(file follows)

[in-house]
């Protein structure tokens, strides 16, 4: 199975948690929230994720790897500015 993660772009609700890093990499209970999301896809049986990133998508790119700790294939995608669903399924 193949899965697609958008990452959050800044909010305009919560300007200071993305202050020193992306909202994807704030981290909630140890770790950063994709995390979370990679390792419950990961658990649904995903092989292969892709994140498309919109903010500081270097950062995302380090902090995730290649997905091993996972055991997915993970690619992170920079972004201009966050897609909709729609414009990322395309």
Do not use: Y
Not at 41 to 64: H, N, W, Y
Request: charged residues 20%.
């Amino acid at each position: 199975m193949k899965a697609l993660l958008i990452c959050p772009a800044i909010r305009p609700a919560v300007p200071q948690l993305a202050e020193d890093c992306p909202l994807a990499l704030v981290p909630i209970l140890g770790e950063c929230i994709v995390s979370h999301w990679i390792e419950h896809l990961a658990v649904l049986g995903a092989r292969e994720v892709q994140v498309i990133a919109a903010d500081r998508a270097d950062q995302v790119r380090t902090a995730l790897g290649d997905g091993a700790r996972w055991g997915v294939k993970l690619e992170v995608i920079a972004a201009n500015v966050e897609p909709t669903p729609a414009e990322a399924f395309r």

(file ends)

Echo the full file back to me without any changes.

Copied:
[in-house]
């Protein structure tokens, strides 16, 4: 199975948690929230994720790897500015 993660772009609700890093990499209970999301896809049986990133998508790119700790294939995608669903399924 193949899965697609958008990452959050800044909010305009919560300007200071993305202050020193992306909202994807704030981290909630140890770790950063994709995390979370990679390792419950990961658990649904995903092989292969892709994140498309919109903010500081270097950062995302380090902090995730290649997905091993996972055991997915993970690619992170920079972004201009966050897609909709729609414009990322395309």
Do not use: Y
Not at 41 to 64: H, N, W, Y
Request: charged residues 20%.
């Amino acid at each position: 199975m193949k899965a697609l993660l958008i990452c959050p772009a800044i909010r305009p609700a919560v300007p200071q948690l993305a202050e020193d890093c992306p909202l994807a990499l704030v981290p909630i209970l140890g770790e950063c929230i994709v995390s979370h999301w990679i390792e419950h896809l990961a658990v649904l049986g995903a092989r292969e994720v892709q994140v498309i990133a919109a903010d500081r998508a270097d950062q995302v790119r380090t902090a995730l790897g290649d997905g091993a700790r996972w055991g997915v294939k993970l690619e992170v995608i920079a972004a201009n500015v966050e897609p909709t669903p729609a414009e990322a399924f395309r």